Sounds like Rochester had tons of fun! Want to experience fun with them? Keep your eyes open for their next Shabbaton!
On Purim, be sure to take a selfie in your costume and post it on the Upstate NCSY Facebook page! We look forward to seeing you all in your amazing costumes!
We Jews seem to like to talk a lot. I mean think about it; it’s true. We love to talk about Torah and while learning Torah; we talk to HaShem at least three times a day. We schmooze, we debate, we chitchat, and we just seem to talk a lot, and if we’re not talking we’re singing. But when are we ever really silent? When are we ever just in appreciation of the absence of noise? It’s almost as if we have forgotten the value of silence.
No, you’re not having déjà vu from Winter Convention, when Devora explored with us and the community what it means when it says in Pirkei Avot, “the safeguarding fence around wisdom is silence.” Right now we are going to explore an earlier Mishnah where Rabban Shimon said, “All my life I grew up among the sages, and I found that nothing is better for a person than silence…[and] one who talks too much causes sin.” This is so seemingly opposite of this world’s constant talk, including texting and messaging if we venture outside of the Jewish world, that you may throw your hands up in air and say, “Well! Maybe we just don’t abide by this opinion!”
This could not be farther from the truth. Rambam actually codifies this as halacha in the Mishneh Torah and writes in Hilchot De’ot, “One should always cultivate silence and refrain from speaking, except with regard to matters of knowledge or things that are necessary for his physical welfare.” That’s pretty extreme; Rambam essentially has just told us we should never ever talk unless we have something really smart to say or we have to continue living. But it’s not so crazy. Really.
When we talk a lot, we stop thinking about what we’re saying. We start to say things that are really dumb. We say things are Lashon HaRa, destructive speech. We say things that are just simply awful. We say things that we don’t really mean. Our lips are moving faster than our thoughts. The Rabbis’ aversion to speech is completely founded - if we speak too much we lose control of what we’re saying and stop thinking about what it means.This is why the Rabbis knew silence was so critical to the preservation of wisdom. The sages did not engage in loud, crude arguments; they engaged in long discussions, from Rabban Shimon’s account, seemingly long and silent discussions with well thought answers. No wisdom can arise from a quick thoughtless statement; true wisdom requires us to be with our own thoughts alone in silence. So in this life, of seemingly endless talking, let’s learn once again to appreciate the silence and our own thoughts. To think before we speak, and not regret what we say. To be able to be in our own thoughts and meditate in them. Let us begin to appreciate and practice what our Rabbis have taught us about speaking, and by extension about Lashon HaRa. Because then, maybe, we can find real thoughts and true wisdom.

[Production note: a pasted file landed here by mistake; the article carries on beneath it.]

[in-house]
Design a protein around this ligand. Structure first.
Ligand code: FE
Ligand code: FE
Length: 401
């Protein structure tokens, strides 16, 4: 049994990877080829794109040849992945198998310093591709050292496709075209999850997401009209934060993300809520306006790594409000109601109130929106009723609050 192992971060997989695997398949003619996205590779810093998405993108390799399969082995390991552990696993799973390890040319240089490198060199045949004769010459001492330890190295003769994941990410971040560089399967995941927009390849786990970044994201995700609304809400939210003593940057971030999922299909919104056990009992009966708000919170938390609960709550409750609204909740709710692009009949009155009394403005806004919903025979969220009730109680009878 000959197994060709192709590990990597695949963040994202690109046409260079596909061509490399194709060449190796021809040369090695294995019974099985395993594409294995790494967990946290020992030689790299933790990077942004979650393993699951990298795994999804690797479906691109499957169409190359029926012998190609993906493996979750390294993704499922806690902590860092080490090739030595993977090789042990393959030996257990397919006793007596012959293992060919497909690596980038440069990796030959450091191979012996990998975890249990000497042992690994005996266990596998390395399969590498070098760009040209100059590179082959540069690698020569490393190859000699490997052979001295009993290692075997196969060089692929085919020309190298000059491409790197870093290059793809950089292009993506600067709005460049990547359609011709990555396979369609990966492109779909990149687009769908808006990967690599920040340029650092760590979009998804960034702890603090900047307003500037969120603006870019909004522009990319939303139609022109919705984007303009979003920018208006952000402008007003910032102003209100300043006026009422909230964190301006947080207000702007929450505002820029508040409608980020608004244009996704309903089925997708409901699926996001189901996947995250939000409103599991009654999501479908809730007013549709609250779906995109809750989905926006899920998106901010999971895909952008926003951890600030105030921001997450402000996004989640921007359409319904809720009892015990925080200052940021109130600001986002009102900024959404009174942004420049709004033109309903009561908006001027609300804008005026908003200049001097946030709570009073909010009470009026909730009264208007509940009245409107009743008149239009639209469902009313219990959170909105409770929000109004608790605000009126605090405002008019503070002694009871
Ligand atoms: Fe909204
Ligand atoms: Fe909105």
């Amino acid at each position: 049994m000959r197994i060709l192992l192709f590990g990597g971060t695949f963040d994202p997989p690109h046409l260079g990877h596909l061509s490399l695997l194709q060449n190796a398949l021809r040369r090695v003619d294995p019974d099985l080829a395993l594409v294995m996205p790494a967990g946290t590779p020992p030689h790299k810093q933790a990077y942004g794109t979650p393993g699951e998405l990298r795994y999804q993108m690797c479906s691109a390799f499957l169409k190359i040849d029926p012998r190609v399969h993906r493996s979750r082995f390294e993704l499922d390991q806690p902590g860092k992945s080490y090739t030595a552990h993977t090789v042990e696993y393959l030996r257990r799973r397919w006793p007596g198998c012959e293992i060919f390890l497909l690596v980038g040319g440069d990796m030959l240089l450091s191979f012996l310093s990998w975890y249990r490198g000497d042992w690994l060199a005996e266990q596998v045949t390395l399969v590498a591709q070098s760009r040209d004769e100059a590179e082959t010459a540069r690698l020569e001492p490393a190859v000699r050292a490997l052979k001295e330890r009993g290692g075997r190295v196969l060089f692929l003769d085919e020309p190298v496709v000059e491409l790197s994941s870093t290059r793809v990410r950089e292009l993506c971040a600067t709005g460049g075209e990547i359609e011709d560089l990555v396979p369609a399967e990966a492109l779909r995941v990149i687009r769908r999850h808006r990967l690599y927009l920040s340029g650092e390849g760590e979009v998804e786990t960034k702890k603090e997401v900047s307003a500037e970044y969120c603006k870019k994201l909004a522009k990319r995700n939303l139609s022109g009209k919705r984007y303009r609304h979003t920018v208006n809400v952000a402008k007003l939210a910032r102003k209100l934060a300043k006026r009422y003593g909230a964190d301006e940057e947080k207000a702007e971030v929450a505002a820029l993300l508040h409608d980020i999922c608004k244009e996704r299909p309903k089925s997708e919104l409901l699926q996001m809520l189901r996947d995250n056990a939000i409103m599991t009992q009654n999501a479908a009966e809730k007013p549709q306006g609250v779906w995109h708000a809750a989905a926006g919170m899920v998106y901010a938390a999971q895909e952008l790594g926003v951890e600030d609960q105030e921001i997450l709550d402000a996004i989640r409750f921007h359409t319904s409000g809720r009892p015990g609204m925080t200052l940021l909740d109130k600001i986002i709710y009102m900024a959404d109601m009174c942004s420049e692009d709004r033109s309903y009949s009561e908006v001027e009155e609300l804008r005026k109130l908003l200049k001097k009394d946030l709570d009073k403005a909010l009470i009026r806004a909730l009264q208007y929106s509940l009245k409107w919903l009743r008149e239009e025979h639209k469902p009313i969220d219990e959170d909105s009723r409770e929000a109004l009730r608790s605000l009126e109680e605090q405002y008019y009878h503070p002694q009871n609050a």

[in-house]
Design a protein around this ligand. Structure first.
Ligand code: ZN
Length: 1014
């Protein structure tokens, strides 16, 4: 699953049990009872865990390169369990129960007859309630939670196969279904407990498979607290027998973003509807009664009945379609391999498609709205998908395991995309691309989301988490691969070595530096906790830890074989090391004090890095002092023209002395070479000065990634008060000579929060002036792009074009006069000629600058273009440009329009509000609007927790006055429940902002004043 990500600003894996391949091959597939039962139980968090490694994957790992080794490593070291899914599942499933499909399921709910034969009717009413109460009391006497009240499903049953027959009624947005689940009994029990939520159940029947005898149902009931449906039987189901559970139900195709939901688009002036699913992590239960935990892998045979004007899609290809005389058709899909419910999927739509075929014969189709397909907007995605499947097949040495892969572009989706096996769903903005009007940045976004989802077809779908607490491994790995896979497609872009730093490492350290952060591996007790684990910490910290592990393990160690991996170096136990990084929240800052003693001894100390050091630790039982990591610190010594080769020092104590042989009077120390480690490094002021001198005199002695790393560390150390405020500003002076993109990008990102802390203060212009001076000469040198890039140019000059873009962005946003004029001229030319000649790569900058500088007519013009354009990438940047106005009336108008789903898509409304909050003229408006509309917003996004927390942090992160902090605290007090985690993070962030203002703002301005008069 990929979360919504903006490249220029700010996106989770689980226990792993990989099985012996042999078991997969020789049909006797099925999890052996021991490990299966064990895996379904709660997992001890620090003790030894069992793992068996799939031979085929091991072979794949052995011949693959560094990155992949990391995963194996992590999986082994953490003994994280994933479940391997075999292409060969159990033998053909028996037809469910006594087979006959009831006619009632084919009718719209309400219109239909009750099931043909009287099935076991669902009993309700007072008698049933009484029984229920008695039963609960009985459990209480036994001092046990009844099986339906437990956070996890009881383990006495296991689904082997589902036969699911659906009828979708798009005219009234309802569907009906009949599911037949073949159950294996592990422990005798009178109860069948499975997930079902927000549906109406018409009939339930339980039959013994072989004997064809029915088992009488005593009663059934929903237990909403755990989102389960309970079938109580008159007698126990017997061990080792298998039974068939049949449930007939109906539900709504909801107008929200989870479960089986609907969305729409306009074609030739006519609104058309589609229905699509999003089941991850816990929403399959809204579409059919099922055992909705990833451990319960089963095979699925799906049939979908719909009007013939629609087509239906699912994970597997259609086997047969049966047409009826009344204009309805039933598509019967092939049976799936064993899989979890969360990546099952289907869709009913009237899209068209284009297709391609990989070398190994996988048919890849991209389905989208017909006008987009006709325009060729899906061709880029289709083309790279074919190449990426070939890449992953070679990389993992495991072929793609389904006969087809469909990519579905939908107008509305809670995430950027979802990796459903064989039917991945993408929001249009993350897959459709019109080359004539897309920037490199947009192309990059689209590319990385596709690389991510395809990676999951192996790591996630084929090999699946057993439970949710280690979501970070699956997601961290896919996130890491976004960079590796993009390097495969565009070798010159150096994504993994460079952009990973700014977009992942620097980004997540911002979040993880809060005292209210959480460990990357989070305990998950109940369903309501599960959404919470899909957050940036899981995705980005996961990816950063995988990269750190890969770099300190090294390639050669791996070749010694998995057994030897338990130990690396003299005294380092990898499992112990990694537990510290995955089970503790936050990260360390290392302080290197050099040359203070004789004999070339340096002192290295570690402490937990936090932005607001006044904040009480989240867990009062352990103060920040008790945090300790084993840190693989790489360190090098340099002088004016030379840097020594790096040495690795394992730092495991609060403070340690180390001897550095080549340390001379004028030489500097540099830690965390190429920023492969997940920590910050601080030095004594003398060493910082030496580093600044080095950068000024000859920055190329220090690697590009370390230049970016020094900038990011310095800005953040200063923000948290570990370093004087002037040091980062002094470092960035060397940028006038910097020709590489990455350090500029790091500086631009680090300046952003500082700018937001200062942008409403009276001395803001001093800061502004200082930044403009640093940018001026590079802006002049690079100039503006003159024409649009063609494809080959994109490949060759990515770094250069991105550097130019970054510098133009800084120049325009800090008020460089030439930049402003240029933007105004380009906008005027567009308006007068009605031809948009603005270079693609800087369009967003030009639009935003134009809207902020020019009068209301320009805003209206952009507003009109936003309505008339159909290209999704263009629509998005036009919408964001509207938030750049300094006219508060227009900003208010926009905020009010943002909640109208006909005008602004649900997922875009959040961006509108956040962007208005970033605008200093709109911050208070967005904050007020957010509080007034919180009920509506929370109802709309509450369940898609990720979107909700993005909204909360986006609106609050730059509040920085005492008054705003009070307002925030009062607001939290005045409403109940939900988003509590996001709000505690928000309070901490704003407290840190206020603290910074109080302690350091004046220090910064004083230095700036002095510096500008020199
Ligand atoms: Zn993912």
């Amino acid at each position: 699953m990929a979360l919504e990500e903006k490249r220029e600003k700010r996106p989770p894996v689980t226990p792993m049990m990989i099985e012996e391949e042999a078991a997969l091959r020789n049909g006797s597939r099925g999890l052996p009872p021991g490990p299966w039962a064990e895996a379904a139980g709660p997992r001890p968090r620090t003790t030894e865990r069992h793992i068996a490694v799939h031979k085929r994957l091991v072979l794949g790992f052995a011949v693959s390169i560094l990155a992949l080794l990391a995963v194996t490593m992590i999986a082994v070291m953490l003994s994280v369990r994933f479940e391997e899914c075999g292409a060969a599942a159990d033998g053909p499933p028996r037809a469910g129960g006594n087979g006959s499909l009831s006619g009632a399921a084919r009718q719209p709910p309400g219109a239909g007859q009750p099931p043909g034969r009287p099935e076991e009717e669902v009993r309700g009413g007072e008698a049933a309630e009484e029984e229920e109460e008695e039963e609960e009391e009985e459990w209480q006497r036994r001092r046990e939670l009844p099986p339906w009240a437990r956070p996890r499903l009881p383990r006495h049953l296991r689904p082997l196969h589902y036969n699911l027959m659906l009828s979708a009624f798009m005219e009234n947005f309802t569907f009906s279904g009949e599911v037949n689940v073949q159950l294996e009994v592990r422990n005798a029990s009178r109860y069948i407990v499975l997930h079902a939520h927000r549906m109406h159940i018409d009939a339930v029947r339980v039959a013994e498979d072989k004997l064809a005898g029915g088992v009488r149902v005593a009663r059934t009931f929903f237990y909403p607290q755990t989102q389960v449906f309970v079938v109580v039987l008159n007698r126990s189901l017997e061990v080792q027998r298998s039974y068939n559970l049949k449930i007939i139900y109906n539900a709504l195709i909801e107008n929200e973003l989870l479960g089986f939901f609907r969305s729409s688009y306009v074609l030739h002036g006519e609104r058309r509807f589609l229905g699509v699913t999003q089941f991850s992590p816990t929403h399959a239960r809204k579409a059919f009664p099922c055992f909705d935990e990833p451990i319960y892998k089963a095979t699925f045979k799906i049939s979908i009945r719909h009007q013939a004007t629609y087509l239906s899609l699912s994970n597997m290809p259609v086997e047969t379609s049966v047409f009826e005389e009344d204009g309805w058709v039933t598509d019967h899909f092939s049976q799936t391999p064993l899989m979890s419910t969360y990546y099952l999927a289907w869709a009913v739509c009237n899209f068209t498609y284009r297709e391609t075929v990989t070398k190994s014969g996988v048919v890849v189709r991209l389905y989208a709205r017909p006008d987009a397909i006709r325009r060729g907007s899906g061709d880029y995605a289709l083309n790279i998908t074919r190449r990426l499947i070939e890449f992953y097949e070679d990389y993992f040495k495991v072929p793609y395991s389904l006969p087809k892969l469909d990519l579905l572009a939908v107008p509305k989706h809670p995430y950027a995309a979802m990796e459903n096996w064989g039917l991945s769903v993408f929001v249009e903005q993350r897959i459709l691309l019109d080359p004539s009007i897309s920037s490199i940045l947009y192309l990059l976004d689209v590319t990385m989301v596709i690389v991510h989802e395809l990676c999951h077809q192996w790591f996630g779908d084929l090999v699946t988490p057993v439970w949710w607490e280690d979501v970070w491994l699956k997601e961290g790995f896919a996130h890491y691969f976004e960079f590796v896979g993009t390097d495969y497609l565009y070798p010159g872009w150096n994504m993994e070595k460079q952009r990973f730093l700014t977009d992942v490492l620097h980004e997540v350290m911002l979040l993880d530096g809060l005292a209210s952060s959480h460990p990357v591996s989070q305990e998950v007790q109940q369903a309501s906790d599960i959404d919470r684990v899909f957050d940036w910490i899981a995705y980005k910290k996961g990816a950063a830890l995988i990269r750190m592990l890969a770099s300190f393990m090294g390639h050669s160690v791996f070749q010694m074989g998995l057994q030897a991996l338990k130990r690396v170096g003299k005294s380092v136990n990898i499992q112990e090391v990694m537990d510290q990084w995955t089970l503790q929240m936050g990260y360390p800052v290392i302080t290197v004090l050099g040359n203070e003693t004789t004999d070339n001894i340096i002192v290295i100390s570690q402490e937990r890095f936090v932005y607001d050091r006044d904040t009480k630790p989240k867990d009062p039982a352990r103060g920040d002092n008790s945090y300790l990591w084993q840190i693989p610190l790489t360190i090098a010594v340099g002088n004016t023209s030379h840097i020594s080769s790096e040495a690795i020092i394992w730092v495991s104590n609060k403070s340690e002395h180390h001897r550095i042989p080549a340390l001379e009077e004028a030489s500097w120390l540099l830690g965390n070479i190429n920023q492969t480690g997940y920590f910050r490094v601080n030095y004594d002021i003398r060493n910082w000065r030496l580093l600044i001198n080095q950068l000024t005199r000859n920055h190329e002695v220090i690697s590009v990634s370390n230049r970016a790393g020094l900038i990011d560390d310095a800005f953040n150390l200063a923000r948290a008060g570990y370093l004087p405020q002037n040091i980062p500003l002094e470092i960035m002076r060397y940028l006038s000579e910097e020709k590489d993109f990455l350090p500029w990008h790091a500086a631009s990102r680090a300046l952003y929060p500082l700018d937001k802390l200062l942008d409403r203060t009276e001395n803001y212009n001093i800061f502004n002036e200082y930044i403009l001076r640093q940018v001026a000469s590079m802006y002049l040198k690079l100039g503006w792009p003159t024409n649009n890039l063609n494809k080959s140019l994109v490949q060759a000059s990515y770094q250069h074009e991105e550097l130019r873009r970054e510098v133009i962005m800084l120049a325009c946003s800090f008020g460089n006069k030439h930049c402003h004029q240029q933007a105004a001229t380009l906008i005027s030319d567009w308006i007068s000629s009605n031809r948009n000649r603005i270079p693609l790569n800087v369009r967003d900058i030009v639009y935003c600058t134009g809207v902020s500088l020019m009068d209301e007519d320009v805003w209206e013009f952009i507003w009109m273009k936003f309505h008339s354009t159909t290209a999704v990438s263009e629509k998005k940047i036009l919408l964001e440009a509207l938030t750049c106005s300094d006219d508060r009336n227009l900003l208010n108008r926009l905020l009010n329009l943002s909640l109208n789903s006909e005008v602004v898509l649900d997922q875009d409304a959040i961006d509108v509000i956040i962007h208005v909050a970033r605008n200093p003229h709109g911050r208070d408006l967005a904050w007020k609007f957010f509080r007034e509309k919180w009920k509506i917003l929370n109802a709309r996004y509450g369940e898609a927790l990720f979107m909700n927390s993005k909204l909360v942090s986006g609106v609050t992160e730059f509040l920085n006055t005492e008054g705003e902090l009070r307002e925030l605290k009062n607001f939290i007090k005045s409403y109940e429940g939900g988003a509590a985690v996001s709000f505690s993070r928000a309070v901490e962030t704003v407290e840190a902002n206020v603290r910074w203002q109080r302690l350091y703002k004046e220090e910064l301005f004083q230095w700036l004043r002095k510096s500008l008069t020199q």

Guess That Advisor!
See if you can guess who this advisor is based on answers to questions they were asked. Try reading the Hebrew, its transliterated from English words into Hebrew writing so you can understand it.
1. Describe an encounter with the most famous person you've ever met:
עי וואז תולקינג טו אי פיימוס רבי אנד הי אסקד האו אולד עי וואז-- עי וואז סו נארואס אי סד 17, אנד ת׳ן קורקטד מייסלף
I was talking to a famous rabbi and he asked how old I got nervous and said 17 and then corrected myself and said 19
2. Strangest thing you've ever eaten: זוקיני פלאוורי
3.Something you'll never understand about har Sinai region: אוול טיים
4. What's your spirit animal? איור ת׳ה דונקי
EEYORE the DONKEY
5. What's the weirdest dream you've ever had about NCSY?
הורסז ג׳מפינג עאוט ת׳ה ווינדו אוף ת׳ה הוטל דורינג מנחה
Horses jumping out the window of the hotel during mincha at Spring.
6.Modern Jewish music is like...: איטינג טשולנט ווית׳ פלאפל ספייסיז
Eating Chulent with Falafel spices
7. Most underrated bit of wisdom Jews know but no one else does:
קיפ יור פאלם בראנטש ורטיקל אנד יו וויל נט הורת אניוואן
keep your palm branch vertical and you won’t hurt anyone
8. Which Oreo are you and why? כושר וואנז
If you guessed Rabbi Crystal, your correct!